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  • Improving Communication with your Teen: Active Listening Tools

    As teenagers start to develop, they often push their parents away as a technique to foster independence; however, this timeframe is when your child needs you the most.  According to the American Journal of Preventive Medicine, parental communication has significant impact on teen behavioral and emotional health, including: unhealthy weight control, substance use, suicide attempts, body dissatisfaction, depression, and low self-esteem. Thus, it is essential to simultaneously allow your teenager the room to grow while also providing enough attention to help your child feel secure and heard. Active listening skills help bridge the gap.  

    Active Listening: What is it? 

    In conversations, often we become so involved with being heard that we fail to understand what the other person is saying.  With teen it can be especially challenging as teenagers bring their heightened energy into a situation, and their emotions can change quickly.  It can feel a bit unpredictable!  Teenagers may trigger feelings of frustration and anger in parents, making it difficult for a parent to hear their message correctly. 

    During active listening, you focus on what the other person is trying to communicate and confirm that you received the right information and intent from the other person.  Active listening is especially helpful when trying to build or maintain a bond because it fosters a sense of trust, acceptance, and respect.  Here are a few active listening steps to help improve the next conversation with your teenager: 

    Starting the Conversation 

    Avoid beginning conversations with “I need to talk to you about something.” Or “We need to talk.” Although your intent may be to have a serious and open conversation, a teenager will see this as confrontational and become defensive. Their walls will immediately deploy, and the deep conversation you were hoping for will not occur.  It’s best to pursue a conversation organically and naturally.  A good time would be during a walk with the dog or while riding in a car. Look for a window to start a conversation and let it flow from there.

    Begin conversations with a respectful and calmly delivered question rather than a statement. For instance, “How has Nathan been doing lately?” as opposed to, “I haven’t seen Nathan coming around as much. Guess you two broke up.” Questions can lead to more questions, which moves the conversation forward. Statements, on the other hand, can appear accusatory or invasive to teenagers.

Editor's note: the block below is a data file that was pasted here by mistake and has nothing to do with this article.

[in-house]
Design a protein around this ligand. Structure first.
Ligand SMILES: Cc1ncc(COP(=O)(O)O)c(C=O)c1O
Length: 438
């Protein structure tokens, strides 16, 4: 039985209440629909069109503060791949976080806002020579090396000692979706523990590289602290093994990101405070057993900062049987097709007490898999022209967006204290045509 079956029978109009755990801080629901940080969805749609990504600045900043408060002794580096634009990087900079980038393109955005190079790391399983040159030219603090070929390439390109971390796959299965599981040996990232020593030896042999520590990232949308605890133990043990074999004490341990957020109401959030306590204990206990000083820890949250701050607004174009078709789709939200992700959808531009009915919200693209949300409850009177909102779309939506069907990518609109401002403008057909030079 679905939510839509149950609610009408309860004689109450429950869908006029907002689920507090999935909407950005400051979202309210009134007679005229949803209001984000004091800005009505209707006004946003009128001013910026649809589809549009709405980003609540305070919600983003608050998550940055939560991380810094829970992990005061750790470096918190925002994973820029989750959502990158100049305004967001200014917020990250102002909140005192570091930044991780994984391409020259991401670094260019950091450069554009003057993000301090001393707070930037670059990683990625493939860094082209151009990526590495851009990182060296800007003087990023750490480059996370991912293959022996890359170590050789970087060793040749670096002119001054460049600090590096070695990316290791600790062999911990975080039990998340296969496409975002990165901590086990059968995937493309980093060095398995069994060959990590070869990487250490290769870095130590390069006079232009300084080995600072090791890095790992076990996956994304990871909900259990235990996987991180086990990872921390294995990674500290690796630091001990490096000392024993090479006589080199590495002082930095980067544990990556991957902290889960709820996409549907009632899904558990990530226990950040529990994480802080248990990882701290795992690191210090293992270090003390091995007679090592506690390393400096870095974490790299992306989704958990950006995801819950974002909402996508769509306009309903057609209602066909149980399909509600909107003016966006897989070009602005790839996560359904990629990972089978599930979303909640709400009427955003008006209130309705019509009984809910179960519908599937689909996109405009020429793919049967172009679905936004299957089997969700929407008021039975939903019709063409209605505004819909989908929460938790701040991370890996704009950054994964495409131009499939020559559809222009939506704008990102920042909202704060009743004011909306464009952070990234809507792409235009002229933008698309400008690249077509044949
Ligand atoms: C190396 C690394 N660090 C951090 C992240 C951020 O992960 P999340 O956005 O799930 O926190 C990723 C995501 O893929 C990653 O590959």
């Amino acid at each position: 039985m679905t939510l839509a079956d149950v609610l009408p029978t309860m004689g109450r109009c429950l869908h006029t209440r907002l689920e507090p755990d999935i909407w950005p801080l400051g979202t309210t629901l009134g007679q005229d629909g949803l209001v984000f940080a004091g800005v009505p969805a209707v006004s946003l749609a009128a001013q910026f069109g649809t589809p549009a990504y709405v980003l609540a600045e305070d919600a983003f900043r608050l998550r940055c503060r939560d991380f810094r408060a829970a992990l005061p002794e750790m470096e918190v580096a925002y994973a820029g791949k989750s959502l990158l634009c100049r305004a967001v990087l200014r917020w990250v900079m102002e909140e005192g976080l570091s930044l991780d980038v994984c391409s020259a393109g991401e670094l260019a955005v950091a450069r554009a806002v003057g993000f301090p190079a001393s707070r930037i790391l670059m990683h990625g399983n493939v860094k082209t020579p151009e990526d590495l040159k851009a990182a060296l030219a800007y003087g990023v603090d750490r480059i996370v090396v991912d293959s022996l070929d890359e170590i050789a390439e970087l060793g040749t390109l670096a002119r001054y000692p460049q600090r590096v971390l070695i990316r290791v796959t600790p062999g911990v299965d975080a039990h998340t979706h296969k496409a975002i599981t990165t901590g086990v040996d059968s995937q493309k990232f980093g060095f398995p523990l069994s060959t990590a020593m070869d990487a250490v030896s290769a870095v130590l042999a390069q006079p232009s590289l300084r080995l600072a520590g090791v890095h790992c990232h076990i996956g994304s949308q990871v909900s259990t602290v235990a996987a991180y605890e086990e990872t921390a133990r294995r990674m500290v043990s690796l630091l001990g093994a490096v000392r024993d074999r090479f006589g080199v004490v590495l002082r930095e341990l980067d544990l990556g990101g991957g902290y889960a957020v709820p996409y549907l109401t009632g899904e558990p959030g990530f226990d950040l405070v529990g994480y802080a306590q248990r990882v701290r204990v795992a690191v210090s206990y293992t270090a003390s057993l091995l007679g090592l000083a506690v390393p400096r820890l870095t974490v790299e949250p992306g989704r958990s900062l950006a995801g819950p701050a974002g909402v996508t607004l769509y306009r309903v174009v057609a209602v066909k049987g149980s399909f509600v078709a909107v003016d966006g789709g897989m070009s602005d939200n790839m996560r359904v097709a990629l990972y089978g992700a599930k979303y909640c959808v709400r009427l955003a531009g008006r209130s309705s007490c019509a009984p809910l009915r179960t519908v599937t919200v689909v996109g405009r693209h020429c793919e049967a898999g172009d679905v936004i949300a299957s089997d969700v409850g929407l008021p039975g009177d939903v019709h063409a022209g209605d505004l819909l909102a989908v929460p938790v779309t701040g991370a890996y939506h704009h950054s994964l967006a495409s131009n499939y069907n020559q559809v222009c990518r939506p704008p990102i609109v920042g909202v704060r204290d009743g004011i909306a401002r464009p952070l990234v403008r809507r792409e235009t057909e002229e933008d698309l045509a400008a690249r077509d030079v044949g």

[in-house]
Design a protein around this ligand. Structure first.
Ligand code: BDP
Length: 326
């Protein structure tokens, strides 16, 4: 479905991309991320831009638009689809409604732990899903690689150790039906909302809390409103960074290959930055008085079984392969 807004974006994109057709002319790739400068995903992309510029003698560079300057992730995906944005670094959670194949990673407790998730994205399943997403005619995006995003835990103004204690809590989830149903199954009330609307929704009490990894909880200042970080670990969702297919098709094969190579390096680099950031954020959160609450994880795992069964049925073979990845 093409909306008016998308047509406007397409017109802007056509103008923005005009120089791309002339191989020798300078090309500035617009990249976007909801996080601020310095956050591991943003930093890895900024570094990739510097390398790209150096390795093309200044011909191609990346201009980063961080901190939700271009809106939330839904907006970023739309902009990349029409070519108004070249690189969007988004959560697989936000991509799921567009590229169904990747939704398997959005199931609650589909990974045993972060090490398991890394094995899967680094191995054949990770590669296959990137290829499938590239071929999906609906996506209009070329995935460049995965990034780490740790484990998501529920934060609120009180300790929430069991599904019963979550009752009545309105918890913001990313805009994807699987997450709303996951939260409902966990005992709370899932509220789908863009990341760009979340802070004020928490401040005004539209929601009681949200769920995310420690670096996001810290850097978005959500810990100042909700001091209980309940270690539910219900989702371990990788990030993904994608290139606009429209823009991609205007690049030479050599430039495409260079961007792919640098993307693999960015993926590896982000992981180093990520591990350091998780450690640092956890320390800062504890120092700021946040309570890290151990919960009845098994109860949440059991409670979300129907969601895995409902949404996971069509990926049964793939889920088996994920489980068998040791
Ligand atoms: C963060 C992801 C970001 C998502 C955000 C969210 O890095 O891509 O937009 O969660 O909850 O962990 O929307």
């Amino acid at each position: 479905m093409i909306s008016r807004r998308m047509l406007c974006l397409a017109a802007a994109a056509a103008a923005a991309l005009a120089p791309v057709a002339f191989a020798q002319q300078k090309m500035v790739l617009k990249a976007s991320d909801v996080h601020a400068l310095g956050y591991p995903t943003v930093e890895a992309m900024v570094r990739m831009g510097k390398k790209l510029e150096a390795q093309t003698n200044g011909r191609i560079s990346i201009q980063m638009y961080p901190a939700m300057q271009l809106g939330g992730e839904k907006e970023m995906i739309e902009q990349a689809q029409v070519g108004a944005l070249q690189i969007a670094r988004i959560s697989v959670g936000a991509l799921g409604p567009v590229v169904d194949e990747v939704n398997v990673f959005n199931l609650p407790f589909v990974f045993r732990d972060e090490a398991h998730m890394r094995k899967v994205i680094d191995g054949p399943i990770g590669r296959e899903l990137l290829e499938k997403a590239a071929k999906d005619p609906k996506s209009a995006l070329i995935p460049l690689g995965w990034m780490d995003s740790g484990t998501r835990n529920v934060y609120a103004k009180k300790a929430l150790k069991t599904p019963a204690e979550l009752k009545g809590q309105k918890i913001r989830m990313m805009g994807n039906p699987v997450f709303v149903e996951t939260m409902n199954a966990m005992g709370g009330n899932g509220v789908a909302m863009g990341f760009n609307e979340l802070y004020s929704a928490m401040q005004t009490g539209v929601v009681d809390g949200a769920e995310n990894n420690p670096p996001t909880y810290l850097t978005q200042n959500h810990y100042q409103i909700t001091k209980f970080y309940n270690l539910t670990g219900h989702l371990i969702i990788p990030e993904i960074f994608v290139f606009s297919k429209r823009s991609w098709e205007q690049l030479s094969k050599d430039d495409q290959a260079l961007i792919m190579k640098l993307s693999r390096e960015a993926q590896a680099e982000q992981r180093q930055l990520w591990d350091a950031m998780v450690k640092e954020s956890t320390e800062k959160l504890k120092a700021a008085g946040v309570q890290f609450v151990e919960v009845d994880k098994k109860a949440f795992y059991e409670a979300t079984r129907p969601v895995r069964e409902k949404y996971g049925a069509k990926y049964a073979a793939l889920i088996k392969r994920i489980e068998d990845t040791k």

Non-Verbal Cues

    When your teen is talking, make eye contact and give them your full attention, even if the topic seems trivial to you. Events that appear insignificant to an adult can be monumental for a teen.  Lean forward to show you’re listening and involved in the conversation. 

    Observe your teen’s non-verbal communications because they may say one thing and feel another. For instance, they may say they “don’t care” about an event, but they’ll be anxiously ripping a piece of paper while they talk about it. Small cues such as hugging their own body, hand gestures, and eye rolls can speak volumes. 

    Listening Without Fixing

    When conversing with your teen, resist the urge to provide your advice or to reprimand immediately. It’s tempting to solve their problems or get your point across, but that’s not the goal. The goal is to hear the teen’s side of things, to be empathetic, provide a safe space to talk, and allow them to make their own decisions and mistakes. What do teenagers want in a conversation with their parents? They want someone to hear them, they want empathy, and they want acceptance. 

    Teenagers crave acceptance, especially from the people they love. Displaying your empathy through active listening can go a long way to bridging the divide that sometimes happens between teenagers and their parents.  Place yourself in your teenager’s shoes and avoid an adult perspective. Try not to dismiss or discount their emotions, no matter how trivial it might seem in your eyes. When conversing with your teen, they may disclose information you find troubling. If this occurs, ensure that their safety is a priority and believe them. Some teens may require support or further assistance from someone outside the family. The teen years are filled with ups and downs for both the parent and the teenager. With active listening, you can navigate the rough waters together.

    If you would like more information about this topic, please contact Calabasas Child and Adolescent Psychology here.